As OCR promises more fines, two CIOs offer tips on risk assessments

Leon Rodriguez

Enforcement now a "fact of life," says Rodriguez

"I don't do risk assessments; I assess risk," said Sharon Finney, corporate data security officer at Adventist Health System, speaking Thursday at the Healthcare IT News/HIMSS Media Privacy & Security Forum in Boston.

There's a difference. One happens on a daily basis. The other might happen a time or two each each year. A risk assessment, said Finney, sounds like something that "has a beginning and an end, and it doesn't."

Added Ed Ricks, president of information services and CIO at South Carolina's Beaufort Memorial Hospital: "If it does have an end, it's the day you get fired because you're not paying attention."

Security risk assessments are a fundamental part of keeping compliant with HIPAA and HITECH regulations – not to mention meeting Stage 1 meaningful use – but they have been problematic for many providers.

"If you look at the numbers, you see they're pretty low," HIMSS Senior Director of Privacy and Security Lisa Gallagher told Healthcare IT News earlier this year. "We have organizations trying to meet meaningful use Stage 1, and they're calling me and saying, 'We can meet all of the requirements of Stage 1, except the risk analysis requirement.'"

Sometimes a lack of resources is the problem. Often, it's a lack of clarity: Providers – whether their hospitals or physician practices – don't know know just what to do, what will bring them into compliance.

The Department of Health and Human Services has never quite said plainly that "If you do the following, you are compliant," said Gallagher in March. "They said, 'Do a risk assessment, document it and make sure you mitigate any findings that you have.' But there's no standard for what is minimum to be compliant. And that's causing the industry a lot of stress."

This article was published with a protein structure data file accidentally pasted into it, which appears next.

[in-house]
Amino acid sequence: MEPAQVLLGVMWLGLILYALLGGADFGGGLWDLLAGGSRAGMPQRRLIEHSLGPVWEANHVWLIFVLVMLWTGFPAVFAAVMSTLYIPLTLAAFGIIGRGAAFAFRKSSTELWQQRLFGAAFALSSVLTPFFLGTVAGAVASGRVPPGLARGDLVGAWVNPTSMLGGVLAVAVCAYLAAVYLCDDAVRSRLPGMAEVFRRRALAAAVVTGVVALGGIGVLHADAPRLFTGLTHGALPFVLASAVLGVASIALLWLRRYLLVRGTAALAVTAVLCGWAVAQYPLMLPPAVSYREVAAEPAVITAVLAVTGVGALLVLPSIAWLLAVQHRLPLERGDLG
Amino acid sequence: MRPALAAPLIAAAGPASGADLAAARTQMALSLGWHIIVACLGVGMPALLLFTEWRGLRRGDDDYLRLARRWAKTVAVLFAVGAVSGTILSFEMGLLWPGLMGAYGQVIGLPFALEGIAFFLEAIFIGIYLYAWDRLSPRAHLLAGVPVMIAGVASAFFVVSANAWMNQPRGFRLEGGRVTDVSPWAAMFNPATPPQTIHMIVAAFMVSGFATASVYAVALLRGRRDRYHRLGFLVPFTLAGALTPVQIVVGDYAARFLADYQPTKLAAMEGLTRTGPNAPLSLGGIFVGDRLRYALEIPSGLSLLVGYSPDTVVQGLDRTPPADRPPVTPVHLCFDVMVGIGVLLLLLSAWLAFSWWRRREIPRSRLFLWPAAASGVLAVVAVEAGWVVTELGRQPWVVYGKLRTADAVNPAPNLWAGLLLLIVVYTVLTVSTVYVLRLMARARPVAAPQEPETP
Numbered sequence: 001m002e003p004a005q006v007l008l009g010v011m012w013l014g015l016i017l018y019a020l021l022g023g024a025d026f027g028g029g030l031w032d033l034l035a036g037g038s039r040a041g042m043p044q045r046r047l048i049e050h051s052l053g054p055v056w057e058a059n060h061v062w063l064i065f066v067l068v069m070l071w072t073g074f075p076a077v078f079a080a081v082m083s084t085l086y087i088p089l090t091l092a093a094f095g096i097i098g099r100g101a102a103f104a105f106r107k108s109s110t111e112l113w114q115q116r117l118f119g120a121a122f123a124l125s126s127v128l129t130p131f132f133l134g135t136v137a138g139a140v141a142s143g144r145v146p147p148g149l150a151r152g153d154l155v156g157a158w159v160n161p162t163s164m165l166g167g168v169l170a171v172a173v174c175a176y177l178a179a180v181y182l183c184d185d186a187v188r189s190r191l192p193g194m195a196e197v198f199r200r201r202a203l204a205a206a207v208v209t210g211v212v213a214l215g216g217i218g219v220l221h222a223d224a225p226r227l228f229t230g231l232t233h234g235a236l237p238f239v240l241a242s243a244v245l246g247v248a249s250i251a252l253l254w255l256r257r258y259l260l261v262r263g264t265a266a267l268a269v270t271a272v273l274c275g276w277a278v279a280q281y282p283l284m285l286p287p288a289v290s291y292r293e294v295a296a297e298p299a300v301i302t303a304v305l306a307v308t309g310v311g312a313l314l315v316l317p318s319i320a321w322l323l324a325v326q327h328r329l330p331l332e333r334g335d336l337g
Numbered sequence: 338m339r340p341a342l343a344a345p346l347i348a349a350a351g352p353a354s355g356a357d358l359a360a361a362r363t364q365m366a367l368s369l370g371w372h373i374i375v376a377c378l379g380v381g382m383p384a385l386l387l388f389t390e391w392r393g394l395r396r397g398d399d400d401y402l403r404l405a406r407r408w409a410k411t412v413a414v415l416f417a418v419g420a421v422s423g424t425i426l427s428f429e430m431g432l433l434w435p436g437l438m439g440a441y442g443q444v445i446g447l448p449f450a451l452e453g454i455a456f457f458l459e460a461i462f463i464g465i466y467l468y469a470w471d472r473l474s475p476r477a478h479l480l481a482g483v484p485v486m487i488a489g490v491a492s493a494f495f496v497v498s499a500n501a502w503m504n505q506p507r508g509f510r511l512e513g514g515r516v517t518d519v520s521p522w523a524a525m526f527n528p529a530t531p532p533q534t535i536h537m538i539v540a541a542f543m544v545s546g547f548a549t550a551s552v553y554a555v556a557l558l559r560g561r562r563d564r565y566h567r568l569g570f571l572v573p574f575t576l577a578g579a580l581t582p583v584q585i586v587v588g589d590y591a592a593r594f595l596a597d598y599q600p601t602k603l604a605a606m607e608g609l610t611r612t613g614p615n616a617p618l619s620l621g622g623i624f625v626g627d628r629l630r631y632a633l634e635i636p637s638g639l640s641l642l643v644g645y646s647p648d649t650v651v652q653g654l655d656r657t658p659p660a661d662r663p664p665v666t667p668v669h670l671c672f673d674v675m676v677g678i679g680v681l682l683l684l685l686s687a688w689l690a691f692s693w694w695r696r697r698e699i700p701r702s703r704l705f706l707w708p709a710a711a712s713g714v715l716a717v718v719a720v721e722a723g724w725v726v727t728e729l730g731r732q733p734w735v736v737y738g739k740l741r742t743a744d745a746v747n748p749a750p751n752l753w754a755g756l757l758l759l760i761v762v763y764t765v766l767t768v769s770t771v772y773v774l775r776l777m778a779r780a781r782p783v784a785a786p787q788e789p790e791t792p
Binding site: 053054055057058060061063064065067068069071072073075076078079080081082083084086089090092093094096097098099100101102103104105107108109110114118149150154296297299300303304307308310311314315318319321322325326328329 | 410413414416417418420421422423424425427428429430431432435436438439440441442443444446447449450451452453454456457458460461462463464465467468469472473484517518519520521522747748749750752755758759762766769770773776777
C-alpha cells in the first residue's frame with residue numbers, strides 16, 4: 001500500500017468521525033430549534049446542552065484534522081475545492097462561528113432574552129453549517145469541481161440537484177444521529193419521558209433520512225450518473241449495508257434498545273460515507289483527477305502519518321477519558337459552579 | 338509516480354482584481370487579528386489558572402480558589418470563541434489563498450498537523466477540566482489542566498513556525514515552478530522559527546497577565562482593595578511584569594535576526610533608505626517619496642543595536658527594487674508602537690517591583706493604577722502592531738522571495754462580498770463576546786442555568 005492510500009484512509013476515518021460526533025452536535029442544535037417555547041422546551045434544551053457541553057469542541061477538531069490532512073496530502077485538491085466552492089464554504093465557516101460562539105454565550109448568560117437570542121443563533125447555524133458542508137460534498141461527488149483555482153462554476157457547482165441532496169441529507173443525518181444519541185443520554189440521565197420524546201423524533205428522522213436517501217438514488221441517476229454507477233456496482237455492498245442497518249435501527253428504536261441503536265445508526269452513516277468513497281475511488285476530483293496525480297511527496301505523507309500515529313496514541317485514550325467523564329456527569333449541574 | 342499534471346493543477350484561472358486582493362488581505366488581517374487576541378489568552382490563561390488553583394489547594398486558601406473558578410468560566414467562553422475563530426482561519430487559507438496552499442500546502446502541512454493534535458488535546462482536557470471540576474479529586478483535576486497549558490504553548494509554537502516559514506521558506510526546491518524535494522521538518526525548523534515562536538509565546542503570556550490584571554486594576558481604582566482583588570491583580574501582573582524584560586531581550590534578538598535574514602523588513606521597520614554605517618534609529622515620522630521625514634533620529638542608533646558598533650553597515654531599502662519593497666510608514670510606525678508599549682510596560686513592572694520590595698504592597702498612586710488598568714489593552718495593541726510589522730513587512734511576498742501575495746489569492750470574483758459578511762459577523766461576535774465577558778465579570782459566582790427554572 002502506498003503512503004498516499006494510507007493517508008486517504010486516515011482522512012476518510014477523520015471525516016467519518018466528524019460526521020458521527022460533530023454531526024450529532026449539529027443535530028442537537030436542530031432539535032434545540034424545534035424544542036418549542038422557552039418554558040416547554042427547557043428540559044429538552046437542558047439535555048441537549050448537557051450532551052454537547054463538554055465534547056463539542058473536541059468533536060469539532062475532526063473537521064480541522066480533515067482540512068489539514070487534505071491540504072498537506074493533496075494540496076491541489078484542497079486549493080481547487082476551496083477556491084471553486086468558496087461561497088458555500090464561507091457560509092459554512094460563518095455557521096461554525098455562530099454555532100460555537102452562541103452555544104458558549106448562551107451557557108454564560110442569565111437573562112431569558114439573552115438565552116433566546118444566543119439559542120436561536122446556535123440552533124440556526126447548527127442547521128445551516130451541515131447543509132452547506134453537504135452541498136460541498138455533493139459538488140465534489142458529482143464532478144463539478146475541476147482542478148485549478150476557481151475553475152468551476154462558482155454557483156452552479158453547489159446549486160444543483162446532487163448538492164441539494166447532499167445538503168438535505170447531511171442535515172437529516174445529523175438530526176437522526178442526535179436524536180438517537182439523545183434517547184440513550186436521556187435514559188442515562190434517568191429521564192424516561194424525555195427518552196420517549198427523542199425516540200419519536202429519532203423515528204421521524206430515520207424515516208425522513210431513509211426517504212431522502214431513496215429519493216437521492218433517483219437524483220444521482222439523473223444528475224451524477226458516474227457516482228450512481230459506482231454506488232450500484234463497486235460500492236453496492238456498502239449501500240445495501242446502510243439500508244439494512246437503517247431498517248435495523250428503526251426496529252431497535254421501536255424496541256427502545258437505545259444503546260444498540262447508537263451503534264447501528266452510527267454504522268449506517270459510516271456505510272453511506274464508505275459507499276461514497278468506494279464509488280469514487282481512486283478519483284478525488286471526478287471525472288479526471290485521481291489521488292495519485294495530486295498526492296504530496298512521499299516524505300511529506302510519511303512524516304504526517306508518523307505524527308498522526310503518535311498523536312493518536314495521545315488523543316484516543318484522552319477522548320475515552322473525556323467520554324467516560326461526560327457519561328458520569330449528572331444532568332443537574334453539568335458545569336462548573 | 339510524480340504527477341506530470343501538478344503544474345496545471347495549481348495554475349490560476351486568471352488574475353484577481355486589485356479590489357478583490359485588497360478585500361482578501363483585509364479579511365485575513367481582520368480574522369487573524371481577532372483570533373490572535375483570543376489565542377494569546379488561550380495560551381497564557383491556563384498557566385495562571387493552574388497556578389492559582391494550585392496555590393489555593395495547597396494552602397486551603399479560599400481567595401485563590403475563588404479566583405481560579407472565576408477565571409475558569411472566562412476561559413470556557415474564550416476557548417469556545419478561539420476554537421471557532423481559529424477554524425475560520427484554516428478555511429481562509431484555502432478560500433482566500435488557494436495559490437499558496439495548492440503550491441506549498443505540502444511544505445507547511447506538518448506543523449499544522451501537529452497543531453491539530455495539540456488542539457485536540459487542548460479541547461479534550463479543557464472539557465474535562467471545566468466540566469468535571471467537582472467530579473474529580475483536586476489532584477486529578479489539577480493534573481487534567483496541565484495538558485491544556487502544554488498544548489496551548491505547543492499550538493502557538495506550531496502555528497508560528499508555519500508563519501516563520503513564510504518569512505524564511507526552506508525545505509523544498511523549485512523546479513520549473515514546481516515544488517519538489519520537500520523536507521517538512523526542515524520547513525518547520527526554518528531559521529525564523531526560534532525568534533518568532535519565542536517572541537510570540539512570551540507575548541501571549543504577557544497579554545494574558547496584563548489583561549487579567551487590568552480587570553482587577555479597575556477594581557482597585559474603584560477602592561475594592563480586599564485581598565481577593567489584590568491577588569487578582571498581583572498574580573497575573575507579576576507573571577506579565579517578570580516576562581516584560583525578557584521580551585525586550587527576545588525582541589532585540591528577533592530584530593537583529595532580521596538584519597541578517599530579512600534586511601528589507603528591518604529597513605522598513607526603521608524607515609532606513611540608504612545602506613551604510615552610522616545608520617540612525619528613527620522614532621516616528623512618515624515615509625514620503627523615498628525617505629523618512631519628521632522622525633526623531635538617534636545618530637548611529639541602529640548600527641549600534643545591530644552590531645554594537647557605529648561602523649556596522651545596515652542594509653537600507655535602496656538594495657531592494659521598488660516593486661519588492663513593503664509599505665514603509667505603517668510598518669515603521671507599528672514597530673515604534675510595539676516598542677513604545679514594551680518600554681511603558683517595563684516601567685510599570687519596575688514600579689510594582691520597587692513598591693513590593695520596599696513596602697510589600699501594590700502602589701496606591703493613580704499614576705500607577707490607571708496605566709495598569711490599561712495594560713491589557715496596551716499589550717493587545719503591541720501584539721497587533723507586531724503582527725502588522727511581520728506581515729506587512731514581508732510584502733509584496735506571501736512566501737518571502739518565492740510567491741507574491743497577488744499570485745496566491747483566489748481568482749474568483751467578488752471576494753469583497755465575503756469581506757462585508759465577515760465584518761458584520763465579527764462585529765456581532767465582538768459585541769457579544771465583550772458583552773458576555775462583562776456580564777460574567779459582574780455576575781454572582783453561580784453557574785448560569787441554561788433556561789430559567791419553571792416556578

[See also: Risk assessments leave hospitals hamstrung.]

A simple audit – taking the HIPAA security rule and ensuring certain requirements are being met – "is not really a risk assessment," said Finney.

Instead, it requires a much more holistic approach to the organization – focusing on "people, process and technology" – that reviews and redresses shortcomings and vulnerabilities in all three areas.

"You have to document what you do," she added. "What did you do to remediate it?"

The HIPAA security rule "has been around for a long time now," Ricks pointed out. People are paying more attention to it now, "trying to check a box for meaningful use."

But really, he said, it's just a "smart business practice." Joking about the specter of a catastrophic breach, he added: "I don't think I would look good in an orange jumpsuit."

Later in the day, Healthcare IT News Editor Bernie Monegain sat down for an on-stage interview with the chief enforcer of the HIPAA privacy rule, Leon Rodriguez, director of HHS' Office of Civil Rights (OCR).

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